Venezuelan Oil sent to the Port of Spain, Really?
Oil tanker routes appear to be collecting oil cargo at Venezuela ports before stopping off at Trinidad and Tobago, then quickly setting off again. Port of Spain, Trinidad and Tobago is just off the NE shore of Venezuela. This is raising suspicions that Venezuelan oil cargoes are being hidden. Venezuela’s national oil company is using co-loads and “false berthings” into nearby Trinidad and Tobago to disguise cargo origins as protection and indemnity (P&I) clubs are publicly warning that a hawkish US could possibly sweep non-US owners and shippers into their sanctions net. Vessel tracking services indicated that three tankers loaded PDVSA oil cargoes in Venezuela since 21 March 2019, then were diverted to areas close to Trinidad and Tobago for several hours. After spending a short time in the waters of this Caribbean island nation, the tankers then departed for their final long-haul destinations.
The practice identified as “false berthing,” are similar to those used by Iran’s national oil company. Though false berthing is nothing new, it is likely being used in an attempt to get new bills of lading describing Trinidad and not Venezuela (and possibly change the cargo from crude oil to fuel oil). Tankers identified making this trajectory include the M/T Mindoro and M/T Amore Mio and a long-range tanker M/T Serengeti. There is no suggestion that any of the shipments were in breach of US sanctions, yet they are raising eye brows. The vessel obfuscation in Trinidadian waters is the second PDVSA tactic noted to complicate merchant tanker destination and origin of petroleum and crude exports.
Two Suezmax and two Aframax tankers that loaded in Venezuela since the imposition of US sanctions were, on 28 January 2019, also involved in ship-to-ship transfers off Gibraltar (Spain). Rolling power blackouts that disrupted port loadings on top of US sanctions are shrinking crude exports from Venezuela to 17-year lows. In March 2019, just under 1m barrels per day was loaded on 33 tankers. That is the second-lowest volume seen since 2006. Venezuela is desperate for oil revenues.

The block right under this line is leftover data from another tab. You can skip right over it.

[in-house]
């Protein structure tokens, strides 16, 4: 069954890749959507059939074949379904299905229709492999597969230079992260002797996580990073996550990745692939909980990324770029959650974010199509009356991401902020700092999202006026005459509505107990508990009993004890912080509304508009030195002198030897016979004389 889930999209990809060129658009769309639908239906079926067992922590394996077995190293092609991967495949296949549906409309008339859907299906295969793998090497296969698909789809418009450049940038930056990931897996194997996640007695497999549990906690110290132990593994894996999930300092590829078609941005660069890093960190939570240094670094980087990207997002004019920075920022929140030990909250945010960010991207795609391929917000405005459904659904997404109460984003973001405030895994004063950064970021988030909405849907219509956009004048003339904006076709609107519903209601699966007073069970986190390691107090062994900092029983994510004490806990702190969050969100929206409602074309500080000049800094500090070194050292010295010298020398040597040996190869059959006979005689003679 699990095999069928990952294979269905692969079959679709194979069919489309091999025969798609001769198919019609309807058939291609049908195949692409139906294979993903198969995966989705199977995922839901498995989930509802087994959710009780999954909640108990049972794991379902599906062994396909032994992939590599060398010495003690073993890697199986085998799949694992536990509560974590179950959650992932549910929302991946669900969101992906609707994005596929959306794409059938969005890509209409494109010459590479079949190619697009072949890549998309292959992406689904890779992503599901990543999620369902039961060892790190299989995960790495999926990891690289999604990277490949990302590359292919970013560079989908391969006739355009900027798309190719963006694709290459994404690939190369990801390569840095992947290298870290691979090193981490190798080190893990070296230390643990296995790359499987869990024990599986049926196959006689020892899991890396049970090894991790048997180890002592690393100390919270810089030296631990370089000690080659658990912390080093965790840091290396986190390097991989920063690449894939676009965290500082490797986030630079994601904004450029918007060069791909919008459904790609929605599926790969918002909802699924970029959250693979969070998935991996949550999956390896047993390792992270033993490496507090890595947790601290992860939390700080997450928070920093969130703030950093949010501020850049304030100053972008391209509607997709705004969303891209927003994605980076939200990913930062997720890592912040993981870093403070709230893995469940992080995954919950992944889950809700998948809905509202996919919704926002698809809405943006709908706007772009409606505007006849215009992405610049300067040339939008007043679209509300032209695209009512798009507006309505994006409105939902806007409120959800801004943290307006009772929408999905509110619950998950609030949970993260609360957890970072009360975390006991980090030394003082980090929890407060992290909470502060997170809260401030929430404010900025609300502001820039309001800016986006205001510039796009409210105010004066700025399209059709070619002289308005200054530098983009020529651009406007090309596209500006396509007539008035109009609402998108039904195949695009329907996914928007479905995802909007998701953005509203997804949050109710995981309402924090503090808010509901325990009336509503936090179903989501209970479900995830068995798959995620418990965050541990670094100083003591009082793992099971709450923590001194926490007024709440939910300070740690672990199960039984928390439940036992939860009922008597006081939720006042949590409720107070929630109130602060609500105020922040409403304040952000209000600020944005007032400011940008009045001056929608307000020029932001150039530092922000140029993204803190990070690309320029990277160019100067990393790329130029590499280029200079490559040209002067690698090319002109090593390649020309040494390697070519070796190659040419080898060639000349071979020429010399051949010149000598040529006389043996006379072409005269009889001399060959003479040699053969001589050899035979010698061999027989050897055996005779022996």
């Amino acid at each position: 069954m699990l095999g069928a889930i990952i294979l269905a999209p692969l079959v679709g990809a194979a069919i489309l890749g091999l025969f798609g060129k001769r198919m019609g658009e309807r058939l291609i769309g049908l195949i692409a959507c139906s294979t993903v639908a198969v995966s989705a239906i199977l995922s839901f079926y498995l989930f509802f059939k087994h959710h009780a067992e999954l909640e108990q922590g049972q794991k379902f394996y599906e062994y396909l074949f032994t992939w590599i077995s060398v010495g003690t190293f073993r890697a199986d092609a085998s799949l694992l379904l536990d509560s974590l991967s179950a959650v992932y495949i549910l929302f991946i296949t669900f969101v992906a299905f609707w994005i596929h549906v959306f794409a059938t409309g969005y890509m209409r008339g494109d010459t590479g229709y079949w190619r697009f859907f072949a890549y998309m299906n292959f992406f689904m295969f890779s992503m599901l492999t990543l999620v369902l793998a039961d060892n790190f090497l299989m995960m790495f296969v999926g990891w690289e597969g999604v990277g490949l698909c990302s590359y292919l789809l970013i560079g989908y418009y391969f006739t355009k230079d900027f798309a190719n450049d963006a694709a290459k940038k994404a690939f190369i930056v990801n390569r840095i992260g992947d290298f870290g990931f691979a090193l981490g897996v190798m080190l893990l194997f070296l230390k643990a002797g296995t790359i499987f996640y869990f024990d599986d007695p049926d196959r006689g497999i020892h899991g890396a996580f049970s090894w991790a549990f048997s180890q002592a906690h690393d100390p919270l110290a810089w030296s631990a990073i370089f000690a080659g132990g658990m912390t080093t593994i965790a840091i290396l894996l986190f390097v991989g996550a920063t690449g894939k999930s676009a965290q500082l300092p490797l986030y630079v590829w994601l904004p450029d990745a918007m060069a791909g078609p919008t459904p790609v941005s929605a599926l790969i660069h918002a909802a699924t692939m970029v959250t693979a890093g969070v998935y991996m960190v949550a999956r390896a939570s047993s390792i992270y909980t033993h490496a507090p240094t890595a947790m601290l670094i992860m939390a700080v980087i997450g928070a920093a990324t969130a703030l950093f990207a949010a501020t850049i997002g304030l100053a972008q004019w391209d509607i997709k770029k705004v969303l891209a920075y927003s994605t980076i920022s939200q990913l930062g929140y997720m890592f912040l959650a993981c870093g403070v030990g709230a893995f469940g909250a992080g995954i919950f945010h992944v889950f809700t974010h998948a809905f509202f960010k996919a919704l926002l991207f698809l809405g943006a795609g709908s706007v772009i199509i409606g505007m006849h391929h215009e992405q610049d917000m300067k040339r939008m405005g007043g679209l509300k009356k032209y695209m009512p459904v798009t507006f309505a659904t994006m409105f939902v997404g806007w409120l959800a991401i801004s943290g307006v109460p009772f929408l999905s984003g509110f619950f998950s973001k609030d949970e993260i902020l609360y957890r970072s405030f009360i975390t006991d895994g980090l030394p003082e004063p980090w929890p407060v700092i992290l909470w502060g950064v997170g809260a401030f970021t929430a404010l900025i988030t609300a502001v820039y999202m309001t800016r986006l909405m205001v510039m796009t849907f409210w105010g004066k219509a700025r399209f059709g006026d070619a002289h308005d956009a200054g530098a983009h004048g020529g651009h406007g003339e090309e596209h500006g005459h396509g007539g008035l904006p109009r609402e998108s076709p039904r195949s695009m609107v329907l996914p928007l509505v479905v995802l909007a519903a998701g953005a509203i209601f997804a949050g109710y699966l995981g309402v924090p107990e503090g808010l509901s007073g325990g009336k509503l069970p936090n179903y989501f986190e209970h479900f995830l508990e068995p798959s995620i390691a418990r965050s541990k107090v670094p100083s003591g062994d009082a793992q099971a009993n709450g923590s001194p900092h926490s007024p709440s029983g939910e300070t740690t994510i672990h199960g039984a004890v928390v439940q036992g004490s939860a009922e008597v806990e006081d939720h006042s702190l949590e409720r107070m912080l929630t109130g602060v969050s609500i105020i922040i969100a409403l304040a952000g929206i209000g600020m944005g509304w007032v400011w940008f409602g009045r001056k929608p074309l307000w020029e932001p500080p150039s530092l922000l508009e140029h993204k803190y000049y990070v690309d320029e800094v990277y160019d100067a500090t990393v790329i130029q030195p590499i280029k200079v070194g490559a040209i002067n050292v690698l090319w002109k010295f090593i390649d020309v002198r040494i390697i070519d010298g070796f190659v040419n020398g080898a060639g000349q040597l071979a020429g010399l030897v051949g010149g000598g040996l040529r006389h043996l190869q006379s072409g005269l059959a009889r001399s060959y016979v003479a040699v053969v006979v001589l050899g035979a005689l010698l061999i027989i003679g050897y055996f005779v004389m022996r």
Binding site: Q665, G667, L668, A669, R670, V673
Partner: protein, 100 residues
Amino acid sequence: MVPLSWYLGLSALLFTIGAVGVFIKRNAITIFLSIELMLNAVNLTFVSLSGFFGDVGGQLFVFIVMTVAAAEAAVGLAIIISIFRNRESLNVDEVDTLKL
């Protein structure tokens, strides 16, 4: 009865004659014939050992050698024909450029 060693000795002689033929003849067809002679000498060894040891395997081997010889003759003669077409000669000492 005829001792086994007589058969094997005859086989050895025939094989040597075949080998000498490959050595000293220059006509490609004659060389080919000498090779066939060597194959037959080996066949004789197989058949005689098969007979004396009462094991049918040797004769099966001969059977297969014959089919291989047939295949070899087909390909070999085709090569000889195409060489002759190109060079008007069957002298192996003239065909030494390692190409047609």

US sanctions currently restrict the sales of crude and petroleum products from PDVSA to the US unless revenues are placed in escrow, cutting off the government of Nicolás Maduro from its biggest export breadwinner. On 12 April 2019, the US Office of Foreign Assets Control expanded sanctions for a second time to include companies and vessels transporting crude to Cuba. That prompted two P&I clubs to warn shipowners outside the US, that they could be affected. Two of the Trinidad cargoes are now sailing around the Cape of Good Hope, Africa and signaling Singapore, a typical destination for fuel oil cargoes. M/T Mindoro’s position on 12 April 2019 was 34.78166 S / 18.9067 E.
The vessel Mindoro (IMO: 9389095, MMSI: 249577000) is a crude oil tanker built in 2009 and currently sailing under the flag of Malta. Her destination is Singapore and has an estimated time of arrival of 30 April 2019. M/T Serengeti is currently tracked close to her next signaled port of Gibraltar. This the same location of other ship to ship oil transfers. The value of an 80,000-tonne fuel oil cargo would be around $33m in the Mediterranean.
As Venezuela continues to economically spiral out of control, false berthing and dangerous ship to ship oil transfers will progress into the norm. Our analysts will continue to monitor this situation.
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